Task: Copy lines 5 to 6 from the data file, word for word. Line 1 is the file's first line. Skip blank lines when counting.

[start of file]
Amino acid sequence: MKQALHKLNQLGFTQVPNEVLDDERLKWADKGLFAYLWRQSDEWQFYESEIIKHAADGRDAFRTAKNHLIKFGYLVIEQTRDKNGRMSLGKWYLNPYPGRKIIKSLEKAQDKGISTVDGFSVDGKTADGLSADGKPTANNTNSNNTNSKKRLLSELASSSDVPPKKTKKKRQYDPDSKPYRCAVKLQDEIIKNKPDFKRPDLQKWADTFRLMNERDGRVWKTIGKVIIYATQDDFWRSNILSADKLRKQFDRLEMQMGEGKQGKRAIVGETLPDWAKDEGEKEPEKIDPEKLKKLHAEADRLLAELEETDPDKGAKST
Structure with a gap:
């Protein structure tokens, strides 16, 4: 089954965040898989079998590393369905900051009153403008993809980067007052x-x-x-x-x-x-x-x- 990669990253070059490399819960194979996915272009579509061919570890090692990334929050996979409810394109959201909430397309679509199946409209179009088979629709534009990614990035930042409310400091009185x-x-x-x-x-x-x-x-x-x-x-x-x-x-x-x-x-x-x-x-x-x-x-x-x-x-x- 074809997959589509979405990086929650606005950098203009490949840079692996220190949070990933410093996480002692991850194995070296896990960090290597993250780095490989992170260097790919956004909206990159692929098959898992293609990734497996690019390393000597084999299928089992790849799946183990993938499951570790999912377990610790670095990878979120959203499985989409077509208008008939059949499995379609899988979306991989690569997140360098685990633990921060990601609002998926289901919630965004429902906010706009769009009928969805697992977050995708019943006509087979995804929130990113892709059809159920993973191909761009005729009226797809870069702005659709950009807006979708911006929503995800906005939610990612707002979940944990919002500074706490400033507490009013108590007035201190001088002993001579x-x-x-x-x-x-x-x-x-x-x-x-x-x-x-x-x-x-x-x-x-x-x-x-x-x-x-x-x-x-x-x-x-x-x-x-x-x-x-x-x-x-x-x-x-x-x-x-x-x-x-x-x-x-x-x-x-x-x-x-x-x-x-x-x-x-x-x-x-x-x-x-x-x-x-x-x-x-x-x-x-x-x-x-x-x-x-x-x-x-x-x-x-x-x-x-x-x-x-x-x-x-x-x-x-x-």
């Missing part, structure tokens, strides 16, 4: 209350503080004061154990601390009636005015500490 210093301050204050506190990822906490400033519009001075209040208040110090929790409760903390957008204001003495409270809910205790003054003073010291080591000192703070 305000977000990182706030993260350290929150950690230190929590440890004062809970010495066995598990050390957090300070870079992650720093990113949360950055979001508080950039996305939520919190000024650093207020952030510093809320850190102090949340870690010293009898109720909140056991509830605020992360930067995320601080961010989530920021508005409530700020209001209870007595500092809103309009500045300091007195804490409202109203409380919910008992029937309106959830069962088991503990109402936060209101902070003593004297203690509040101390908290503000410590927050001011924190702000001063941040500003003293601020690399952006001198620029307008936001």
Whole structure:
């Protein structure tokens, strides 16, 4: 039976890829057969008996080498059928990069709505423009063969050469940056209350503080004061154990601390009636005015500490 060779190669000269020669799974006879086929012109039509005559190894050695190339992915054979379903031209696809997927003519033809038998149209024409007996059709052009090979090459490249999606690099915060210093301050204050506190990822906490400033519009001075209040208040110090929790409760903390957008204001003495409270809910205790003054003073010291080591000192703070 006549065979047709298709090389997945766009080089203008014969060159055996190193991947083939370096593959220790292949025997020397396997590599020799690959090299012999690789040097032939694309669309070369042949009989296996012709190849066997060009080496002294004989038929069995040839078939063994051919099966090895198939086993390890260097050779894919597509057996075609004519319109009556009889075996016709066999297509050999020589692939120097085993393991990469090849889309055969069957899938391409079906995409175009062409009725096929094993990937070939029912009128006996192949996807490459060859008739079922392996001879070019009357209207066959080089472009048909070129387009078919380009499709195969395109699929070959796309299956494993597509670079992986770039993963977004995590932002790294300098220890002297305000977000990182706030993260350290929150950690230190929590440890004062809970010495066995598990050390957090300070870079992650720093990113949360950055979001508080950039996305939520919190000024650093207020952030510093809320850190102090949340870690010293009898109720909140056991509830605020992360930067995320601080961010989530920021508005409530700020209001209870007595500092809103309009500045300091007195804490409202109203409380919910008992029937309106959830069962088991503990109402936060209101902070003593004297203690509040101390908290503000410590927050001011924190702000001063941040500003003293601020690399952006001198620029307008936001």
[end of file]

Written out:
Whole structure:
């Protein structure tokens, strides 16, 4: 039976890829057969008996080498059928990069709505423009063969050469940056209350503080004061154990601390009636005015500490 060779190669000269020669799974006879086929012109039509005559190894050695190339992915054979379903031209696809997927003519033809038998149209024409007996059709052009090979090459490249999606690099915060210093301050204050506190990822906490400033519009001075209040208040110090929790409760903390957008204001003495409270809910205790003054003073010291080591000192703070 006549065979047709298709090389997945766009080089203008014969060159055996190193991947083939370096593959220790292949025997020397396997590599020799690959090299012999690789040097032939694309669309070369042949009989296996012709190849066997060009080496002294004989038929069995040839078939063994051919099966090895198939086993390890260097050779894919597509057996075609004519319109009556009889075996016709066999297509050999020589692939120097085993393991990469090849889309055969069957899938391409079906995409175009062409009725096929094993990937070939029912009128006996192949996807490459060859008739079922392996001879070019009357209207066959080089472009048909070129387009078919380009499709195969395109699929070959796309299956494993597509670079992986770039993963977004995590932002790294300098220890002297305000977000990182706030993260350290929150950690230190929590440890004062809970010495066995598990050390957090300070870079992650720093990113949360950055979001508080950039996305939520919190000024650093207020952030510093809320850190102090949340870690010293009898109720909140056991509830605020992360930067995320601080961010989530920021508005409530700020209001209870007595500092809103309009500045300091007195804490409202109203409380919910008992029937309106959830069962088991503990109402936060209101902070003593004297203690509040101390908290503000410590927050001011924190702000001063941040500003003293601020690399952006001198620029307008936001």